Abstract: Aware of the high importance of consumers' private information concerning their willingness-to-buy fair trade goods and taking into account the superior price they are willing to pay for this kind of goods with respect to conventional ones, we choose to feed the debate relative to the appropriateness of the different potential retailing channels. We use a common agency game framework to analyze the changes in the price level according various forms or distribution organization : direct competition between upstream producers or manufacturers (or cooperatives of producers / manufacturers), creation of a cooperative at the downstream stage, delivery of the final good to classical retailing networks. It appears that the private information parameter as well as the nature of the relationship between suppliers on the one hand and the retailer on the other hand are the key variables that determine the price paid by consumers. The conventional retailing channel brings excessively high prices with respect to a distribution made by an entity likely to be assimilated to a cooperative because of a double margin effect that is lessened in the cooperative case since the latter objective function involves additional elements such as providing services to upstream actors.
    Keywords: Informational asymmetry, Common Agency, Nonlinear prices, Cooperatives, Cooperation, Pro-social preferences
    JEL: D72 D82 H23 H30 H32 H71 H77
    Date: 2019–08
  8. By: Guillaume Cheikbossian (CEE-M - Centre d'Economie de l'Environnement - Montpellier - FRE2010 - INRA - Institut National de la Recherche Agronomique - UM - Université de Montpellier - CNRS - Centre National de la Recherche Scientifique - Montpellier SupAgro - Institut national d’études supérieures agronomiques de Montpellier)
    Abstract: We provide an evolutionary explanation for the well-established evidence of the existence of in-group favoritism in intergroup conflict. Using a model of group contest, we show that the larger the number of groups competing against one another or the larger the degree of complementarity between individual efforts, the more likely group members are altruistic towards their teammates under preference evolution.
    Keywords: Indirect evolutionary approach,Evolutionary stability,Groups,Altruism,Conflicts
    Date: 2019
  9. By: Ren\'e A\"id; Giorgia Callegaro; Luciano Campi
    Abstract: We design three continuous-time models in finite horizon of a commodity price, whose dynamics can be affected by the actions of a representative risk--neutral producer and a representative risk-neutral trader. Depending on the model, the producer can control the drift and/or the volatility of the price whereas the trader can at most affect the volatility. The producer can affect the volatility in two ways: either by randomizing her production rate or, as the trader, using other means such as spreading false information. Moreover, the producer contracts at time zero a fixed position in a European convex derivative with the trader. The trader can be price-taker, as in the first two models, or she can also affect the volatility of the commodity price, as in the third model. We solve all three models semi-explicitly and give closed-form expressions of the derivative price over a small time horizon, preventing arbitrage opportunities to arise. We find that when the trader is price-taker, the producer can always compensate the loss in expected production profit generated by an increase of volatility by a gain in the derivative position by driving the price at maturity to a suitable level. Finally, in case the trader is active, the model takes the form of a nonzero-sum linear-quadratic stochastic differential game and we find that when the production rate is already at its optimal stationary level, there is an amount of derivative position that makes both players better off when entering the game.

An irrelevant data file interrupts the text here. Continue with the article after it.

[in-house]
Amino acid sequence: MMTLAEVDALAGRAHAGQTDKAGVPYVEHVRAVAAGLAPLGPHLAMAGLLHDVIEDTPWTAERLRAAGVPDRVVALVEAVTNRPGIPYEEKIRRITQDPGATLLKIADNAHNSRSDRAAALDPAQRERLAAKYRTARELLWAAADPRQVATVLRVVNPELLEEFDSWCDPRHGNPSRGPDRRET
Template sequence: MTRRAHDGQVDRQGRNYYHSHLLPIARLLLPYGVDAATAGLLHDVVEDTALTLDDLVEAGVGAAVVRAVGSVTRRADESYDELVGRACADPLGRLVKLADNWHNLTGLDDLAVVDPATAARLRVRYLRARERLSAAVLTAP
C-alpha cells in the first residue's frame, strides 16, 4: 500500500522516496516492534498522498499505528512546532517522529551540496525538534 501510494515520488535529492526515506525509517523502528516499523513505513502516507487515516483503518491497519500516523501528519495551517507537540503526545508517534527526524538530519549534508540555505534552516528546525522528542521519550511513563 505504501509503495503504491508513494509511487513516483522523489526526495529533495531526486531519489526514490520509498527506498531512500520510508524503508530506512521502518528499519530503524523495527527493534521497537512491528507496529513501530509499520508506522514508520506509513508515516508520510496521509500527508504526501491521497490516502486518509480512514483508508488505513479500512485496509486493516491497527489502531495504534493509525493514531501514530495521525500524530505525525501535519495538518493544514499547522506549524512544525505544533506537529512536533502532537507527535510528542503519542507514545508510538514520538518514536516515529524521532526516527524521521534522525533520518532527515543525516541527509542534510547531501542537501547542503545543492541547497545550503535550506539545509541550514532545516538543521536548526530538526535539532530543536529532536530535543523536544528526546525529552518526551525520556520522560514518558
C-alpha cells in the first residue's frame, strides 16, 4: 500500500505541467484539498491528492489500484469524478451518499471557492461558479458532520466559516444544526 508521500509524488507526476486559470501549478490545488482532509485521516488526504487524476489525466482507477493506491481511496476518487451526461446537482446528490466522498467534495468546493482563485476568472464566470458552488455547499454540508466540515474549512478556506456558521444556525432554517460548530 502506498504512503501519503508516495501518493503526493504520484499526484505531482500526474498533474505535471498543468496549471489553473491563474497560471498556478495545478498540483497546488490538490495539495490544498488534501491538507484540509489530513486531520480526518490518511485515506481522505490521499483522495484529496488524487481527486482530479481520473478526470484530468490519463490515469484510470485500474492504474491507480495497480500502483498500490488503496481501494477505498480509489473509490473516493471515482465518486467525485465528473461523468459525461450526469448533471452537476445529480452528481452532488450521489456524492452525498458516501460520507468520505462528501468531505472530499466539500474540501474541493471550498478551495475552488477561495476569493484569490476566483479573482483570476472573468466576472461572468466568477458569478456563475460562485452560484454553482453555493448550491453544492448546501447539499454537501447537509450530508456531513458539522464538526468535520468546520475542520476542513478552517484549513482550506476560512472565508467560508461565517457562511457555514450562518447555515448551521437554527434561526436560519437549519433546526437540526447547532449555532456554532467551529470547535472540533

Date: 2019–09
  10. By: Chloe Tergiman (Penn State - Pennsylvania State University - Penn State System); Marie Claire Villeval (GATE Lyon Saint-Étienne - Groupe d'analyse et de théorie économique - ENS Lyon - École normale supérieure - Lyon - UL2 - Université Lumière - Lyon 2 - UCBL - Université Claude Bernard Lyon 1 - Université de Lyon - UJM - Université Jean Monnet [Saint-Étienne] - Université de Lyon - CNRS - Centre National de la Recherche Scientifique)
    Abstract: In a finitely repeated game with asymmetric information, we experimentally study how reputation and standard market mechanisms change the nature of fraudulent announcements by experts. While some lies can be detected ex post by investors, other lies remain deniable. Lying behavior suggests that individuals care more about the consequences of being caught, rather than the act of lying per se. Allowing for reputation reduces the frequency of lies that can be detected but has no impact on deniable lies: individuals simply hide their lies better and fraud persists. Competition without reputation increases risky lies and never protects investment.
    Keywords: Dishonesty,Reputation,Competition,Financial Markets
    Date: 2019